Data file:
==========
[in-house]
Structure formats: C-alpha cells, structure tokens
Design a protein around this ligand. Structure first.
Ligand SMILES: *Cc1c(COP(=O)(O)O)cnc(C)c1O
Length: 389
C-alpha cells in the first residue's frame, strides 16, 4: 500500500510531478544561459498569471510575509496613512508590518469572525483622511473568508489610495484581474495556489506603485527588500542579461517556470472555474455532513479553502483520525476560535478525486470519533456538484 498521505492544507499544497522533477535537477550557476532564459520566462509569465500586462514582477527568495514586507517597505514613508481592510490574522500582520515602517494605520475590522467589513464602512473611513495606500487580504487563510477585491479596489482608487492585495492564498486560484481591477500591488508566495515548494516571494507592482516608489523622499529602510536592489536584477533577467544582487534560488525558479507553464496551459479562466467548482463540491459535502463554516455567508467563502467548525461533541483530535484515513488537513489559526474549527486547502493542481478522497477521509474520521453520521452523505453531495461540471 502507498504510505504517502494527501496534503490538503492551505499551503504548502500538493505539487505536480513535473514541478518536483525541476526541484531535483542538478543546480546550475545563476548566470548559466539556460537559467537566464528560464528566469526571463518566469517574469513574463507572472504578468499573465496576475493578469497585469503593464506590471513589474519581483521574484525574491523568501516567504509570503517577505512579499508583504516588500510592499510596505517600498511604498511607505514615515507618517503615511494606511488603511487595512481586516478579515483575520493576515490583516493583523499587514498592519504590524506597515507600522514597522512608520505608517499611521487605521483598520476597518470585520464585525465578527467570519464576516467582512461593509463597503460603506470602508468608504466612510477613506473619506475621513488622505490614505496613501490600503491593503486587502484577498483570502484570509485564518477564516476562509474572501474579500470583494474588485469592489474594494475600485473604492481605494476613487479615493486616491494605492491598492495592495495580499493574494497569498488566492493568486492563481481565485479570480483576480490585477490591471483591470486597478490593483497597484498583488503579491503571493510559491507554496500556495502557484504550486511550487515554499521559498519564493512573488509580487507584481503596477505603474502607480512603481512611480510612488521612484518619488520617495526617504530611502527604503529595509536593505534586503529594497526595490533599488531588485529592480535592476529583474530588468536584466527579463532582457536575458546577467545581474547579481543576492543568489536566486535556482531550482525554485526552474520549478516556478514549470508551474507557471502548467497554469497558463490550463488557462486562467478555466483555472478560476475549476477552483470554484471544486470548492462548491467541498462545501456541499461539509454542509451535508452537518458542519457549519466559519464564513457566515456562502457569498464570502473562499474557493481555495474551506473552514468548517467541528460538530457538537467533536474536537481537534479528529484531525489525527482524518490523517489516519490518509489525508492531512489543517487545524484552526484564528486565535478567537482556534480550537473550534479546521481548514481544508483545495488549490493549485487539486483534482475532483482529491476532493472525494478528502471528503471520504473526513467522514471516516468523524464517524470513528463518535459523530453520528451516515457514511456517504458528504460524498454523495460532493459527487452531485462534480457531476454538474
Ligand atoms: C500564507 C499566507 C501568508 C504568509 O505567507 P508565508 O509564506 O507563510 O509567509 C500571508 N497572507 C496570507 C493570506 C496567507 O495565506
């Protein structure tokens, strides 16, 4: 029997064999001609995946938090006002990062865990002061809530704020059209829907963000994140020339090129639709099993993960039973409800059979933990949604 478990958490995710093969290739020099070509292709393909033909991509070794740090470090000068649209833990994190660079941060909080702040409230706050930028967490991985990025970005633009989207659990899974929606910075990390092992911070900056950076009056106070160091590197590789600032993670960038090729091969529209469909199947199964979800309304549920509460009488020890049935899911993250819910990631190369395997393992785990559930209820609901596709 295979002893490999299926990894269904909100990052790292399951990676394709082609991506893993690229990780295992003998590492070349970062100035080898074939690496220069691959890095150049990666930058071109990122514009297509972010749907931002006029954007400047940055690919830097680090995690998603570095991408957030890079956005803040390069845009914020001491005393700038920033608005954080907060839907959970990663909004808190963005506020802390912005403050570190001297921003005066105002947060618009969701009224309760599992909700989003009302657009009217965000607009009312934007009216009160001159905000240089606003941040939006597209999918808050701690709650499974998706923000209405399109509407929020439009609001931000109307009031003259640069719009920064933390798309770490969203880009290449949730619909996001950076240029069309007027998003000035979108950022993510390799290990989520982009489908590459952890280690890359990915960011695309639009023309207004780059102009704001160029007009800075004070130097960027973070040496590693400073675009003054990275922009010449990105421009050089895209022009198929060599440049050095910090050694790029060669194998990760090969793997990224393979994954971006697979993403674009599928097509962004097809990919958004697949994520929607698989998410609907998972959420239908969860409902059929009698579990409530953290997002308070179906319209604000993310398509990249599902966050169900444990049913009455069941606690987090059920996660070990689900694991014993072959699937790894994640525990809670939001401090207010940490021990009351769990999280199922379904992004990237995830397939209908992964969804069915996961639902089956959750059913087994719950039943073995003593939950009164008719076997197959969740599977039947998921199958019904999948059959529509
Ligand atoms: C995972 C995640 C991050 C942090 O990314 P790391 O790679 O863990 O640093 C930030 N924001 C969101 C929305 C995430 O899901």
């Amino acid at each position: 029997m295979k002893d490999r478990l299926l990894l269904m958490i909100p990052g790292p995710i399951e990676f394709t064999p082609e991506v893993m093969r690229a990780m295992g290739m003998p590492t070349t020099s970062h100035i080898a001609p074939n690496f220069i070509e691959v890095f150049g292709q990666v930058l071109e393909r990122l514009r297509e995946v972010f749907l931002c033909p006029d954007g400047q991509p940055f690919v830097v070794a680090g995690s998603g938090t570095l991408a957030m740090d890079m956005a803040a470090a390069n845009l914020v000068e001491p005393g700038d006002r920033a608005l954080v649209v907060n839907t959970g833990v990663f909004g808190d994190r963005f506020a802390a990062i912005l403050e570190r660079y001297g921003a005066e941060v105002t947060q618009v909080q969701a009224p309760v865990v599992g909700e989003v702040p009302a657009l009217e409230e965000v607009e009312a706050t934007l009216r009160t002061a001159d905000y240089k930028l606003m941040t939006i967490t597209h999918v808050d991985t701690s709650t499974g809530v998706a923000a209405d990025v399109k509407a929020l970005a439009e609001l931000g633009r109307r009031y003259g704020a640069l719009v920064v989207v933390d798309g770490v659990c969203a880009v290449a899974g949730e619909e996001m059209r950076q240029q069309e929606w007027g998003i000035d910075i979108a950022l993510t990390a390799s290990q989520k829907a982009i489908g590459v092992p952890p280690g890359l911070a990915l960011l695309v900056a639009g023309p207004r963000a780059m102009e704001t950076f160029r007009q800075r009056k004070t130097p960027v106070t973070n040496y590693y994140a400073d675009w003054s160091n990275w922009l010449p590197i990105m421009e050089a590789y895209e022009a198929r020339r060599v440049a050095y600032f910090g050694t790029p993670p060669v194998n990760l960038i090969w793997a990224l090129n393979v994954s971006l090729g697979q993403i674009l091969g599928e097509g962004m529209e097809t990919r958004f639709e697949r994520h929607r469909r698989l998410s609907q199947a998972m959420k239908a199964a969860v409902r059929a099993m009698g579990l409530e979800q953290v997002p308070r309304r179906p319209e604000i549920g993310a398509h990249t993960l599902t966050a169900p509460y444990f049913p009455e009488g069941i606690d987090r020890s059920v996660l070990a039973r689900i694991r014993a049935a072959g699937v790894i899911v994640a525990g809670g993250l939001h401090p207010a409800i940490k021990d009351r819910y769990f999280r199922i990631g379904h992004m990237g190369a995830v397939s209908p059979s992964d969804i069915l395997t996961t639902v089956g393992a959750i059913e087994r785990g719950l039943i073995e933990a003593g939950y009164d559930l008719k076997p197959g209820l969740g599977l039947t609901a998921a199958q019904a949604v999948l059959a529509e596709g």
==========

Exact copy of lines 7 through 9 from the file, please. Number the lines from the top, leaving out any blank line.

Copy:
Ligand atoms: C500564507 C499566507 C501568508 C504568509 O505567507 P508565508 O509564506 O507563510 O509567509 C500571508 N497572507 C496570507 C493570506 C496567507 O495565506
């Protein structure tokens, strides 16, 4: 029997064999001609995946938090006002990062865990002061809530704020059209829907963000994140020339090129639709099993993960039973409800059979933990949604 478990958490995710093969290739020099070509292709393909033909991509070794740090470090000068649209833990994190660079941060909080702040409230706050930028967490991985990025970005633009989207659990899974929606910075990390092992911070900056950076009056106070160091590197590789600032993670960038090729091969529209469909199947199964979800309304549920509460009488020890049935899911993250819910990631190369395997393992785990559930209820609901596709 295979002893490999299926990894269904909100990052790292399951990676394709082609991506893993690229990780295992003998590492070349970062100035080898074939690496220069691959890095150049990666930058071109990122514009297509972010749907931002006029954007400047940055690919830097680090995690998603570095991408957030890079956005803040390069845009914020001491005393700038920033608005954080907060839907959970990663909004808190963005506020802390912005403050570190001297921003005066105002947060618009969701009224309760599992909700989003009302657009009217965000607009009312934007009216009160001159905000240089606003941040939006597209999918808050701690709650499974998706923000209405399109509407929020439009609001931000109307009031003259640069719009920064933390798309770490969203880009290449949730619909996001950076240029069309007027998003000035979108950022993510390799290990989520982009489908590459952890280690890359990915960011695309639009023309207004780059102009704001160029007009800075004070130097960027973070040496590693400073675009003054990275922009010449990105421009050089895209022009198929060599440049050095910090050694790029060669194998990760090969793997990224393979994954971006697979993403674009599928097509962004097809990919958004697949994520929607698989998410609907998972959420239908969860409902059929009698579990409530953290997002308070179906319209604000993310398509990249599902966050169900444990049913009455069941606690987090059920996660070990689900694991014993072959699937790894994640525990809670939001401090207010940490021990009351769990999280199922379904992004990237995830397939209908992964969804069915996961639902089956959750059913087994719950039943073995003593939950009164008719076997197959969740599977039947998921199958019904999948059959529509
Ligand atoms: C995972 C995640 C991050 C942090 O990314 P790391 O790679 O863990 O640093 C930030 N924001 C969101 C929305 C995430 O899901």